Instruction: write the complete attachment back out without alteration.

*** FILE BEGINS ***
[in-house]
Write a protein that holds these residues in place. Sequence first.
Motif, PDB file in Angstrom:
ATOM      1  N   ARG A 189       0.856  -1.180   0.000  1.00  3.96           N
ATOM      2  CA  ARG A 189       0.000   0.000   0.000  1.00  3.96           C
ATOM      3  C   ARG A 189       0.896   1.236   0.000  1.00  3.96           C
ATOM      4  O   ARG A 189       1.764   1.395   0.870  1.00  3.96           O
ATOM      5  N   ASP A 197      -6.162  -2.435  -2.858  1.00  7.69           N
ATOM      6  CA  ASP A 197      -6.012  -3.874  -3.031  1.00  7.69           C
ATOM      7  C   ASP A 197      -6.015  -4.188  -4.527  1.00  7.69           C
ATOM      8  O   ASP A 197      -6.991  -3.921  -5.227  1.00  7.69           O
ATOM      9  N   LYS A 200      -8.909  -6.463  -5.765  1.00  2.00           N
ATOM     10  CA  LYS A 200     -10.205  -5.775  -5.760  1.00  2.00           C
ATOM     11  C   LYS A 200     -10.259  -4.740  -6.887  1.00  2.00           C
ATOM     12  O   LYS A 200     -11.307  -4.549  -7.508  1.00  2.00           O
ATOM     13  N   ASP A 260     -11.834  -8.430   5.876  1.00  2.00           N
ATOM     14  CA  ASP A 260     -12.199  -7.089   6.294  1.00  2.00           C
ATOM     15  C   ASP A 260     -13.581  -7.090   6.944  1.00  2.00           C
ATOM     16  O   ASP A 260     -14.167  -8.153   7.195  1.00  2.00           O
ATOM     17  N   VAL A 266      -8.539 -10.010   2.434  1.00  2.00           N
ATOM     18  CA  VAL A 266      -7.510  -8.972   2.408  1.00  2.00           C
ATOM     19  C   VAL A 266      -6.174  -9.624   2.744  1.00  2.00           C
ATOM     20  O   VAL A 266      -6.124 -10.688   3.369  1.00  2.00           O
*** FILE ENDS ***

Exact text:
[in-house]
Write a protein that holds these residues in place. Sequence first.
Motif, PDB file in Angstrom:
ATOM      1  N   ARG A 189       0.856  -1.180   0.000  1.00  3.96           N
ATOM      2  CA  ARG A 189       0.000   0.000   0.000  1.00  3.96           C
ATOM      3  C   ARG A 189       0.896   1.236   0.000  1.00  3.96           C
ATOM      4  O   ARG A 189       1.764   1.395   0.870  1.00  3.96           O
ATOM      5  N   ASP A 197      -6.162  -2.435  -2.858  1.00  7.69           N
ATOM      6  CA  ASP A 197      -6.012  -3.874  -3.031  1.00  7.69           C
ATOM      7  C   ASP A 197      -6.015  -4.188  -4.527  1.00  7.69           C
ATOM      8  O   ASP A 197      -6.991  -3.921  -5.227  1.00  7.69           O
ATOM      9  N   LYS A 200      -8.909  -6.463  -5.765  1.00  2.00           N
ATOM     10  CA  LYS A 200     -10.205  -5.775  -5.760  1.00  2.00           C
ATOM     11  C   LYS A 200     -10.259  -4.740  -6.887  1.00  2.00           C
ATOM     12  O   LYS A 200     -11.307  -4.549  -7.508  1.00  2.00           O
ATOM     13  N   ASP A 260     -11.834  -8.430   5.876  1.00  2.00           N
ATOM     14  CA  ASP A 260     -12.199  -7.089   6.294  1.00  2.00           C
ATOM     15  C   ASP A 260     -13.581  -7.090   6.944  1.00  2.00           C
ATOM     16  O   ASP A 260     -14.167  -8.153   7.195  1.00  2.00           O
ATOM     17  N   VAL A 266      -8.539 -10.010   2.434  1.00  2.00           N
ATOM     18  CA  VAL A 266      -7.510  -8.972   2.408  1.00  2.00           C
ATOM     19  C   VAL A 266      -6.174  -9.624   2.744  1.00  2.00           C
ATOM     20  O   VAL A 266      -6.124 -10.688   3.369  1.00  2.00           O